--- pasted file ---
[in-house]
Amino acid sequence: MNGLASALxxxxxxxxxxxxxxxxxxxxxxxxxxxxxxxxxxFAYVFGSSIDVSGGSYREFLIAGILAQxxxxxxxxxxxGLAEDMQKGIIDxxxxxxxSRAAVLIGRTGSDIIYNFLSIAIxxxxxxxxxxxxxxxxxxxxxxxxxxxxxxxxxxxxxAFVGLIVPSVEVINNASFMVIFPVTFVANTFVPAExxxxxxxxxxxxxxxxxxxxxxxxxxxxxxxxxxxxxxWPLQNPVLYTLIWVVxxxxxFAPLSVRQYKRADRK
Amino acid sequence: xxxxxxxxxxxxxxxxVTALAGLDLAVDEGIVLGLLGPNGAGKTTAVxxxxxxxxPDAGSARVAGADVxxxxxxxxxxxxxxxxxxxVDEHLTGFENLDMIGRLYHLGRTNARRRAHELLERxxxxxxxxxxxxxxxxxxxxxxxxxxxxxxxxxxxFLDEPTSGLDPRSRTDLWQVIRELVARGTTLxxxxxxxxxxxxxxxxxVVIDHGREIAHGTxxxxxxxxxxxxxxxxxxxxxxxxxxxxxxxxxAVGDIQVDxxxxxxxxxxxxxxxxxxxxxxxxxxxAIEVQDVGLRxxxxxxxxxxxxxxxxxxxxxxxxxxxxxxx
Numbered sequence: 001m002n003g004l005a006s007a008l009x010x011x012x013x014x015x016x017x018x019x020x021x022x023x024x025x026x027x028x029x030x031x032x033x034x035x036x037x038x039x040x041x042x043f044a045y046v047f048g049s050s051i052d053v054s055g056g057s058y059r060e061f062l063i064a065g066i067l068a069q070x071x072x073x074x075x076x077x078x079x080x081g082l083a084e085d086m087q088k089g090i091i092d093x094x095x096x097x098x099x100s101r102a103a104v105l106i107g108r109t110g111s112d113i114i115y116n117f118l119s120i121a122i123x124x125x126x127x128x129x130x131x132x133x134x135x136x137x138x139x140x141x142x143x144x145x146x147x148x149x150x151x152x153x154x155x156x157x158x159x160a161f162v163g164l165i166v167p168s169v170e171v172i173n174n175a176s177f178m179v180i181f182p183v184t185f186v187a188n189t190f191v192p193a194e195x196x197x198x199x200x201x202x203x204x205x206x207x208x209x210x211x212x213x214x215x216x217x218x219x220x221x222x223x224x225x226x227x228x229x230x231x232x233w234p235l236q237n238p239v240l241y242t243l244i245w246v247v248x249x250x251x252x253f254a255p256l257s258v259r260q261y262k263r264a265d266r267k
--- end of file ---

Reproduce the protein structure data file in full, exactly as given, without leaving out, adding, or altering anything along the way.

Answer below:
[in-house]
Amino acid sequence: MNGLASALxxxxxxxxxxxxxxxxxxxxxxxxxxxxxxxxxxFAYVFGSSIDVSGGSYREFLIAGILAQxxxxxxxxxxxGLAEDMQKGIIDxxxxxxxSRAAVLIGRTGSDIIYNFLSIAIxxxxxxxxxxxxxxxxxxxxxxxxxxxxxxxxxxxxxAFVGLIVPSVEVINNASFMVIFPVTFVANTFVPAExxxxxxxxxxxxxxxxxxxxxxxxxxxxxxxxxxxxxxWPLQNPVLYTLIWVVxxxxxFAPLSVRQYKRADRK
Amino acid sequence: xxxxxxxxxxxxxxxxVTALAGLDLAVDEGIVLGLLGPNGAGKTTAVxxxxxxxxPDAGSARVAGADVxxxxxxxxxxxxxxxxxxxVDEHLTGFENLDMIGRLYHLGRTNARRRAHELLERxxxxxxxxxxxxxxxxxxxxxxxxxxxxxxxxxxxFLDEPTSGLDPRSRTDLWQVIRELVARGTTLxxxxxxxxxxxxxxxxxVVIDHGREIAHGTxxxxxxxxxxxxxxxxxxxxxxxxxxxxxxxxxAVGDIQVDxxxxxxxxxxxxxxxxxxxxxxxxxxxAIEVQDVGLRxxxxxxxxxxxxxxxxxxxxxxxxxxxxxxx
Numbered sequence: 001m002n003g004l005a006s007a008l009x010x011x012x013x014x015x016x017x018x019x020x021x022x023x024x025x026x027x028x029x030x031x032x033x034x035x036x037x038x039x040x041x042x043f044a045y046v047f048g049s050s051i052d053v054s055g056g057s058y059r060e061f062l063i064a065g066i067l068a069q070x071x072x073x074x075x076x077x078x079x080x081g082l083a084e085d086m087q088k089g090i091i092d093x094x095x096x097x098x099x100s101r102a103a104v105l106i107g108r109t110g111s112d113i114i115y116n117f118l119s120i121a122i123x124x125x126x127x128x129x130x131x132x133x134x135x136x137x138x139x140x141x142x143x144x145x146x147x148x149x150x151x152x153x154x155x156x157x158x159x160a161f162v163g164l165i166v167p168s169v170e171v172i173n174n175a176s177f178m179v180i181f182p183v184t185f186v187a188n189t190f191v192p193a194e195x196x197x198x199x200x201x202x203x204x205x206x207x208x209x210x211x212x213x214x215x216x217x218x219x220x221x222x223x224x225x226x227x228x229x230x231x232x233w234p235l236q237n238p239v240l241y242t243l244i245w246v247v248x249x250x251x252x253f254a255p256l257s258v259r260q261y262k263r264a265d266r267k